"We continue to execute well against the operating principles that we set at the beginning of the year," said Robyn Denholm, Juniper's chief financial officer. "We exited this quarter with strong demand metrics and good momentum and we are on track to deliver 20% or higher revenue growth for the full year."
The webcast replay of Juniper's conference call will be archived on the Juniper Networks website until December 14, 2010 at http://www.juniper.net/....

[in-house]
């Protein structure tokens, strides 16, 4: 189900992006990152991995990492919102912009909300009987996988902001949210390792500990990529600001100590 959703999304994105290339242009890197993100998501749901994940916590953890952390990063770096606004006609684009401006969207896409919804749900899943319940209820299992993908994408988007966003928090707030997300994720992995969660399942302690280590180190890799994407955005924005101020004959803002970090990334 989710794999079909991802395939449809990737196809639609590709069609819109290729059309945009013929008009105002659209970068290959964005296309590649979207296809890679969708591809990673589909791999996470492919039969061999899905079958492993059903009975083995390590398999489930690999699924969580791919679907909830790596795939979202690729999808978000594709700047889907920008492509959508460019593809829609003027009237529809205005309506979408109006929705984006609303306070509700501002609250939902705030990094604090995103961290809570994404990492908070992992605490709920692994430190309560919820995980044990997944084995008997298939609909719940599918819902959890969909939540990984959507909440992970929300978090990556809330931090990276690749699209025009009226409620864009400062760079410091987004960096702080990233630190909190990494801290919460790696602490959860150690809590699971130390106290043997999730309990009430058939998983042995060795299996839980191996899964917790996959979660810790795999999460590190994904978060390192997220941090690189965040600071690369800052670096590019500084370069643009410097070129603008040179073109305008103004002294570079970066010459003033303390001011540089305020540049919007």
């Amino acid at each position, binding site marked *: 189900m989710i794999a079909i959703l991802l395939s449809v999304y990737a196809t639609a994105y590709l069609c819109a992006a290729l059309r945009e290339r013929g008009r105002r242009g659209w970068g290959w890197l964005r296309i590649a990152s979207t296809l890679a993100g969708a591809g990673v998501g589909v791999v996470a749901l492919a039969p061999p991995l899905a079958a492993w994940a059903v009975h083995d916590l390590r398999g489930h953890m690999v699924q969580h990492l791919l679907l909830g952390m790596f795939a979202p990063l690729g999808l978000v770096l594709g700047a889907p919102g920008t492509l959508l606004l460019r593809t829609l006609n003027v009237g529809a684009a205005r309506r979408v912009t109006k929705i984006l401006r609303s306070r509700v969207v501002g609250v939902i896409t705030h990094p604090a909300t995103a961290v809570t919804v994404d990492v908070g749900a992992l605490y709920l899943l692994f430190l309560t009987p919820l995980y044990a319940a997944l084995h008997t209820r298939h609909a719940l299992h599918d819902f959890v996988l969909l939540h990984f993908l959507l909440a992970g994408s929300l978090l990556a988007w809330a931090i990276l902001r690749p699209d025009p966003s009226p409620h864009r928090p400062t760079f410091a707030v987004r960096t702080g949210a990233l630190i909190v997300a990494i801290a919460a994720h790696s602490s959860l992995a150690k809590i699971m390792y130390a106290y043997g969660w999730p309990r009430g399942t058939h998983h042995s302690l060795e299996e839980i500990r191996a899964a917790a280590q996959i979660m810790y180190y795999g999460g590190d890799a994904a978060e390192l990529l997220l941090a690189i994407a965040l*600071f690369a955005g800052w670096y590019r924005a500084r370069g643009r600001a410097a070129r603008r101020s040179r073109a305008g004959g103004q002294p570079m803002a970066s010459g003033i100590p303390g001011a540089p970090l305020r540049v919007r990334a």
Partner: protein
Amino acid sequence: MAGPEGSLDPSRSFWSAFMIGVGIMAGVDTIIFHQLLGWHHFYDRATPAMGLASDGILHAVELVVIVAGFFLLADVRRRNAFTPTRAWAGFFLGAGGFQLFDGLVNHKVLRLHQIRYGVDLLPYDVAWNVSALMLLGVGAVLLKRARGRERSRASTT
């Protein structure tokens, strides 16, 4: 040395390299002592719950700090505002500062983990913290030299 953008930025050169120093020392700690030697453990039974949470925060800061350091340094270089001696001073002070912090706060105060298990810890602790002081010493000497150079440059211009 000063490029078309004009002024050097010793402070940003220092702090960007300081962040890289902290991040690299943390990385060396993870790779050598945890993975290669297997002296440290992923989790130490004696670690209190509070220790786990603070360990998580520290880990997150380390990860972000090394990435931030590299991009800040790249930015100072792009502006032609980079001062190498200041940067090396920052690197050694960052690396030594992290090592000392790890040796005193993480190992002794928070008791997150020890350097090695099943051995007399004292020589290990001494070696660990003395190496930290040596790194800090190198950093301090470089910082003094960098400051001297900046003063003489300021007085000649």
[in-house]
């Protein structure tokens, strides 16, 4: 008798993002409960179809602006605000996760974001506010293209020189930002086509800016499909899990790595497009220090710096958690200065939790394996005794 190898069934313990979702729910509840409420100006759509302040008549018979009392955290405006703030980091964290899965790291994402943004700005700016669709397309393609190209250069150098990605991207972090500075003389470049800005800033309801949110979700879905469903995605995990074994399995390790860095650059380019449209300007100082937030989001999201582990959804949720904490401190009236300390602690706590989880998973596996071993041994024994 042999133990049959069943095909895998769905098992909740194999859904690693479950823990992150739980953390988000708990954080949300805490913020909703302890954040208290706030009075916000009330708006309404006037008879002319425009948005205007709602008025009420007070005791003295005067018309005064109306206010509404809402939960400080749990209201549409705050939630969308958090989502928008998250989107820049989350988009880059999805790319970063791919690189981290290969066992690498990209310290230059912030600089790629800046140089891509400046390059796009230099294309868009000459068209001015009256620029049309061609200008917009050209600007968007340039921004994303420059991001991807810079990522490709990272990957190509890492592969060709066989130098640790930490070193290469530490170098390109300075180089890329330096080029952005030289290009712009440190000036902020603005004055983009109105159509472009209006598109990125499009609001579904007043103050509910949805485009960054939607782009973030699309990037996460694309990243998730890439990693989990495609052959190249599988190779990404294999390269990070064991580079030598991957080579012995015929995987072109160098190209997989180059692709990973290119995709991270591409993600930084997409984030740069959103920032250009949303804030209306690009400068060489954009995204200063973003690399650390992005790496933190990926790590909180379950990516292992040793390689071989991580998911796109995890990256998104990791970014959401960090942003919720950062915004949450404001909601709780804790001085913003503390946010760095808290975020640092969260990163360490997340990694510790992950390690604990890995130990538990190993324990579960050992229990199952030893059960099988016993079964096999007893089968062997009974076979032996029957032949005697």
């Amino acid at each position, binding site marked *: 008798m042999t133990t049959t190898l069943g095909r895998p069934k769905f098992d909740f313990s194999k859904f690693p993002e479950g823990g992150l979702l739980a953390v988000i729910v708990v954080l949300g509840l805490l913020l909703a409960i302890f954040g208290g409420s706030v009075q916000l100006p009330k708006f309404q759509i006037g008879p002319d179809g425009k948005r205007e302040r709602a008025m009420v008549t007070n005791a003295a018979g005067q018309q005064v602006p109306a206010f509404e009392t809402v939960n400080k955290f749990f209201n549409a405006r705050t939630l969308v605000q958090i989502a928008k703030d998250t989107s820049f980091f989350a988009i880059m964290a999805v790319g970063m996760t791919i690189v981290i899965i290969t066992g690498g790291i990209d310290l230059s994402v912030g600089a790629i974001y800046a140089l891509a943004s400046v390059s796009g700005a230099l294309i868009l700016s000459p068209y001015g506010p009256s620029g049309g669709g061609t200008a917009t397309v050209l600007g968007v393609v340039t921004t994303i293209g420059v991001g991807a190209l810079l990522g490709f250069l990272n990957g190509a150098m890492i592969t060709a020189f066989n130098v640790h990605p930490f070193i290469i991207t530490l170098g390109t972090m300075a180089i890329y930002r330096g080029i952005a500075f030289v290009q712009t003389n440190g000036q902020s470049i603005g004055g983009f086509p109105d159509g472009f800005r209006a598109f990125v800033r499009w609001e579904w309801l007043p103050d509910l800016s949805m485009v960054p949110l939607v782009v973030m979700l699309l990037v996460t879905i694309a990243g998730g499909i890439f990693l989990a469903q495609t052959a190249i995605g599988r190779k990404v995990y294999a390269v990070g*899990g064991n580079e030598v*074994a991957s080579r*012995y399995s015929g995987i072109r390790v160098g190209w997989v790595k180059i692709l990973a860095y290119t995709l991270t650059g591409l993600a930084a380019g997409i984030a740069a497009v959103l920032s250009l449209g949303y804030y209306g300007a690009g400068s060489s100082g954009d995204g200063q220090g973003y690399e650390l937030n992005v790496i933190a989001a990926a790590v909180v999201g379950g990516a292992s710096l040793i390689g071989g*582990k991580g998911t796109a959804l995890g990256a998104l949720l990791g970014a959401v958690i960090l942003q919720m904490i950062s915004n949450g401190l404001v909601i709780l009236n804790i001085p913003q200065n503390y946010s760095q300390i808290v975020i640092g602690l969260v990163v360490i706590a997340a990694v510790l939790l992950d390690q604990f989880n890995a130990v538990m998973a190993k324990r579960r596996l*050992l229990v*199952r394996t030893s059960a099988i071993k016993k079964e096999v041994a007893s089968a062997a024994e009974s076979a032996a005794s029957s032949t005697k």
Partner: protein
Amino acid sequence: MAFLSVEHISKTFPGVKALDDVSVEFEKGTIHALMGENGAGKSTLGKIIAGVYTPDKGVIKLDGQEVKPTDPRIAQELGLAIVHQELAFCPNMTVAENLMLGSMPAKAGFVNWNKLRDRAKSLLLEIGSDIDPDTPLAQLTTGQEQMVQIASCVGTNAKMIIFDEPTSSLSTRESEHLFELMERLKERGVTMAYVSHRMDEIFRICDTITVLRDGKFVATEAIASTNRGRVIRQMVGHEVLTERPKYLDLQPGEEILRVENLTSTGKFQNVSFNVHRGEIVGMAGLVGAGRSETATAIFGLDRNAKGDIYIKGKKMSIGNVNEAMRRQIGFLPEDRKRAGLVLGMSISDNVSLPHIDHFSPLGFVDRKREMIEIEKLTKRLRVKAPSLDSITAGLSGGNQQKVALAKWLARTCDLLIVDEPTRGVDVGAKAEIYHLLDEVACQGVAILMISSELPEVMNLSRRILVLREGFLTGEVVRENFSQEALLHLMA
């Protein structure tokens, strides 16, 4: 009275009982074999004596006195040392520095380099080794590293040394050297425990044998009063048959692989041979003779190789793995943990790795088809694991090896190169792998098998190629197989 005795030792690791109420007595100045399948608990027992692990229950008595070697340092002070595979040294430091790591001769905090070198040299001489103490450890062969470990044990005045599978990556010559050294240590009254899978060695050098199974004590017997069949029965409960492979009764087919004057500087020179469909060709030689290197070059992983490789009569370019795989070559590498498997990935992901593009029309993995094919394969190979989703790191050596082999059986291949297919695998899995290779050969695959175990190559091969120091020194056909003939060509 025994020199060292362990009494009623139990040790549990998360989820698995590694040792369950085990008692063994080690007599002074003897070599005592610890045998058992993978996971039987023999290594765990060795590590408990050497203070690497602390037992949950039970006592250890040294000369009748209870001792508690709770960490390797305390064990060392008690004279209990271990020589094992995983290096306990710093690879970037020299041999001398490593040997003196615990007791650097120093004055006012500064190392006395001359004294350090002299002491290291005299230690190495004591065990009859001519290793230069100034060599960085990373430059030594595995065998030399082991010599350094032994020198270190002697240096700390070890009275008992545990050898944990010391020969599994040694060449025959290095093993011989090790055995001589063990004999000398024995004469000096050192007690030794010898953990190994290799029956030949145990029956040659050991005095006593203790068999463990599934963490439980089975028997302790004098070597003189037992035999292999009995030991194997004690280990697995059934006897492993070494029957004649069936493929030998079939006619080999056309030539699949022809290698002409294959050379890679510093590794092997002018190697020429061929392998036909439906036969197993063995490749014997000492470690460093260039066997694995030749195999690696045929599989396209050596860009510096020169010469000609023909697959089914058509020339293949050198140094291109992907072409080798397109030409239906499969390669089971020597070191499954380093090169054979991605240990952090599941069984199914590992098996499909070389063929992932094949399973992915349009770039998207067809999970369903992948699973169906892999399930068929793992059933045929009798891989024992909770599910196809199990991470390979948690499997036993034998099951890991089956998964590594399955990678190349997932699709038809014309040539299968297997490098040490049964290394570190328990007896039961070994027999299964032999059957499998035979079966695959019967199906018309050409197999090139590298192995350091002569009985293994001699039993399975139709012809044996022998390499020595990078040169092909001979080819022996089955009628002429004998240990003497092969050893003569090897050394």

Statements in this release concerning Juniper Networks' business outlook, economic and market outlook, future financial and operating results, and overall future prospects are forward-looking statements that involve a number of uncertainties and risks. Actual results or events could differ materially from those anticipated in those forward-looking statements as a result of certain factors, including: general economic conditions globally or regionally; business and economic conditions in the networking industry; changes in overall technology spending; the network capacity requirements of communication service providers; contractual terms that may result in the deferral of revenue; increases in and the effect of competition; the timing of orders and their fulfillment; manufacturing and supply chain constraints; ability to establish and maintain relationships with distributors, resellers and other partners; variations in the expected mix of products sold; changes in customer mix; changes in geography mix; customer and industry analyst perceptions of Juniper Networks and its technology, products and future prospects; delays in scheduled product availability; market acceptance of Juniper Networks products and services; rapid technological and market change; adoption of regulations or standards affecting Juniper Networks products, services or the networking industry; the ability to successfully acquire, integrate and manage businesses and technologies; product defects, returns or vulnerabilities; the ability to recruit and retain key personnel; significant effects of tax legislation and judicial or administrative interpretation of tax regulations; currency fluctuations; litigation; and other factors listed in Juniper Networks' most recent report on Form 10-Q filed with the Securities and Exchange Commission. All statements made in this press release are made only as of the date set forth at the beginning of this release. Juniper Networks undertakes no obligation to update the information in this release in the event facts or circumstances subsequently change after the date of this press release.